CINE's Official Logo
|Type||501(c)(3) non-profit organization|
|Purpose||CINE builds and supports a community of professional, emerging and student film, television and digital content creators through the CINE Golden Eagle Awards, the CINE Connects alumni network, the Marvin Hamlisch Film Scoring Contest, and related skill-building programming.|
|Slogan||CINE honors and champions the creators of exceptional media content.|
|Council on International Non-Theatrical Events|
CINE (Council on International Nontheatrical Events) is a non-profit organization based in Washington, D.C. Founded in 1957 with the mission of selecting American films for international film festivals, CINE's focus has since evolved to supporting emerging and established producers of film, TV and digital media from all around the world through film competitions, educational panels, screenings and networking opportunities.
CINE's original name, the Committee on International Non-Theatrical Events, was chosen to create the acronym CINE, after which it was then changed to Council on International Non-Theatrical Events, with the understanding that in daily use it is simply referred to as CINE.
CINE's original purpose was to provide European film festival directors with representative US informational films to exhibit. For decades, the CINE Golden Eagle Competition™ was a way for non-theatrical US films to gain access to festivals and even the Academy Awards® before they stopped accepting entries from the majority of festivals and competitions.
In the fall of 2014 CINE made some major changes to their organization, which included creating one entry cycle per year for each award (Professional, Independent and Student), switching to a more traditional nominee structure in which only one production per category is named the winner, and transitioning the entire process online. However, unlike many major awards organizations, CINE's current categories are based on content, not distribution platform, to reflect the constantly changing industry.
CINE presents two types of awards: competitive and honorary. Competitive awards include the Golden Eagle Award™, (instituted in 1962), Special Jury Award, Masters Series, and Award of Excellence. Honorary awards include the Leadership Award, Trailblazer Award, Lifetime Achievement Award, and Legends Award. Separate from the Golden Eagle Awards, CINE also holds a Film Scoring Competition, which was launched in 2012. In 2014, the competition was renamed the Marvin Hamlisch Film Contest for Emerging Composers in honor of the legendary composer.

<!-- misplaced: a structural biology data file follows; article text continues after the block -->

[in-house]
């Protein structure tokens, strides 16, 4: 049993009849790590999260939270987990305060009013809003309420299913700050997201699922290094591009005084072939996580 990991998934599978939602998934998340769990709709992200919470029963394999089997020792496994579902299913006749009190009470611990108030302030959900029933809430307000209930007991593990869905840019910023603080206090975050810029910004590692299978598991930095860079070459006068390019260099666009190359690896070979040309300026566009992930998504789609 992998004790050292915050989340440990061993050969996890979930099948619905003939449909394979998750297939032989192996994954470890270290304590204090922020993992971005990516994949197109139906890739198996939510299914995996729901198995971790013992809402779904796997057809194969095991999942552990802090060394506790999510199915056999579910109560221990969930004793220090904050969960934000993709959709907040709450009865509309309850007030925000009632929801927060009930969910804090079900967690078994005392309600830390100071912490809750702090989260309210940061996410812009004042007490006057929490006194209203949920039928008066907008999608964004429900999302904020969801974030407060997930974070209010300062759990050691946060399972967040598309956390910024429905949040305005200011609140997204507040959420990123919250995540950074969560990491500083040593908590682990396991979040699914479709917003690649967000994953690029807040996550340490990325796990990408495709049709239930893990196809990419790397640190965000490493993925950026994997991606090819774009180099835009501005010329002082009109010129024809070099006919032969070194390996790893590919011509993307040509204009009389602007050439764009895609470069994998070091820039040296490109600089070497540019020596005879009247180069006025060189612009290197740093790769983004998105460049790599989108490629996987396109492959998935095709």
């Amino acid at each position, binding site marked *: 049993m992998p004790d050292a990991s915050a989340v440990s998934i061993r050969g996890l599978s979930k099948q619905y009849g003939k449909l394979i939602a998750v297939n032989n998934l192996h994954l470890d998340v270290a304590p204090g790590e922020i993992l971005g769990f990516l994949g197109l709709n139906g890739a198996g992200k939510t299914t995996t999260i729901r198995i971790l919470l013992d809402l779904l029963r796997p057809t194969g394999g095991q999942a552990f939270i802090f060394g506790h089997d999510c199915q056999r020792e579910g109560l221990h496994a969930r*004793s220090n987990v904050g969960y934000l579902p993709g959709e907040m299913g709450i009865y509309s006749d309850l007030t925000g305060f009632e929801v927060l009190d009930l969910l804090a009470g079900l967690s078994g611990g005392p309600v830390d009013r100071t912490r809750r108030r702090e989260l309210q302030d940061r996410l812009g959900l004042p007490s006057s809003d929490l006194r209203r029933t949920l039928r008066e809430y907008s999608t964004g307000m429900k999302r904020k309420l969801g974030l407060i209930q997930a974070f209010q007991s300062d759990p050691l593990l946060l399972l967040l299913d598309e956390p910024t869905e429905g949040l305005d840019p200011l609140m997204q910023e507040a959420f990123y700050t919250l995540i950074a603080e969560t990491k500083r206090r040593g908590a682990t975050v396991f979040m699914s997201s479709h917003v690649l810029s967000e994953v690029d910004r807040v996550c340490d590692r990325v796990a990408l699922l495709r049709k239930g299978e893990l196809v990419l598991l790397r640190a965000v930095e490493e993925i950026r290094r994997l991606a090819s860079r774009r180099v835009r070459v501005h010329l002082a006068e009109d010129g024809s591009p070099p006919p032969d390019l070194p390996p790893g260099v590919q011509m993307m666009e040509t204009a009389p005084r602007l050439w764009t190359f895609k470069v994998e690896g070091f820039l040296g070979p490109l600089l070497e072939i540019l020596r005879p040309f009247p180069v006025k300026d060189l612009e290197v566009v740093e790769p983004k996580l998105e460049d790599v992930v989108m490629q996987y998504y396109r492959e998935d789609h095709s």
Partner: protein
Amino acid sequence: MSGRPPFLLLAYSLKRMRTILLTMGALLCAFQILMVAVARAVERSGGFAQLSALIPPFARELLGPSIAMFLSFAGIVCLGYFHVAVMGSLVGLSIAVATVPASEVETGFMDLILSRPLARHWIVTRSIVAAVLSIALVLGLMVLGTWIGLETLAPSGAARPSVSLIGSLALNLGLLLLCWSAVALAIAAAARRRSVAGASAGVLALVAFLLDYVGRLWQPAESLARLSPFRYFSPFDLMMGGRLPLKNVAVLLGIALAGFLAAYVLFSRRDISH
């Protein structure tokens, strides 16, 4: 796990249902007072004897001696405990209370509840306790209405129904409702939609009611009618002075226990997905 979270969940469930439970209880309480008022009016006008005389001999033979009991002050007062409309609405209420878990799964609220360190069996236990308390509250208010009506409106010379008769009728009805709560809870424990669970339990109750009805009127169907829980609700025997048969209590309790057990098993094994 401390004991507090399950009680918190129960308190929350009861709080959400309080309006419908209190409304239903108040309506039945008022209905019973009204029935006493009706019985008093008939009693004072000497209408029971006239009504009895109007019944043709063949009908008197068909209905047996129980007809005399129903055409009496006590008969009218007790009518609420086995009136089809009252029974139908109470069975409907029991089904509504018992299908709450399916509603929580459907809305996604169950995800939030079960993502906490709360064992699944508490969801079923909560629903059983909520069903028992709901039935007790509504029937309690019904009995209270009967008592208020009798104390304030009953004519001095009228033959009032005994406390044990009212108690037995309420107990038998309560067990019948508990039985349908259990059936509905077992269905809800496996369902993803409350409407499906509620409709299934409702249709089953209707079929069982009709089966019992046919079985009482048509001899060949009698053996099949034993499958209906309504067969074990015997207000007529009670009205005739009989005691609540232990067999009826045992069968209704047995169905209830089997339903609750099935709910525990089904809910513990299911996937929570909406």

CINE utilizes a jury system to select winners. CINE also presents individuals with special honors. Recent notable honorees include Marvin Hamlisch in 2012, Roger Ebert in 2005, and Ken Burns in 2003. Many important filmmakers have received the Golden Eagle Award early in their career, such as Steven Spielberg for his first film Amblin', Mel Brooks for his first short film The Critic, and Ken Burns for his student film Brooklyn Bridge.
The CINE award trophies are made by New York firm, Society Awards.
Notable CINE Golden Eagle winners
The following people in the film and television industry have received a CINE Golden Eagle:
- Mel Brooks (The Critic, 1963)
- Jim Henson (Time Piece, 1967)
- Mike Nichols (Bach to Bach, 1968)
- Steven Spielberg (Amblin', 1969)
- Ron Howard (Deed of Daring-Do, 1972)
- Robert Zemeckis (The Lift, 1972)
- Dick Ebersol (The Ancient Games, 1973)
- Taylor Hackford (Bukowski, 1974)
- Robert Drew (Who's Out There?, 1975)
- Albert Magnoli (Jazz, 1979)
- Ken Burns (Brooklyn Bridge, 1981)
- Mira Nair (So Far From India, 1983)
- Edward Zwick and Marshall Herskovitz (Special Bulletin, 1984)
- Barry Levinson (Displaced Persons, 1985)
- Fred Rogers (Let's Talk About Going to the Doctor, 1986)
- John Lasseter and Pixar Animation Studios (Luxo Jr., 1987)
- Julie Taymor (Oedipus Rex, 1993)
- Robert Altman (The Real McTeague, 1994)
- Spike Lee (4 Little Girls, 1998)
- Billy Crystal (61*, 2001)
- Robert De Niro (Holiday Heart, 2001)
- Mark Burnett (Eco-Challenge: Borneo, 2002)
- Martin Scorsese (No Direction Home, 2006)
- Paul McCartney (McCartney in St. Petersburg, 2006)
- Sydney Pollack (Sketches of Frank Gehry, 2007)
- Forest Whitaker (Brick City, 2010)
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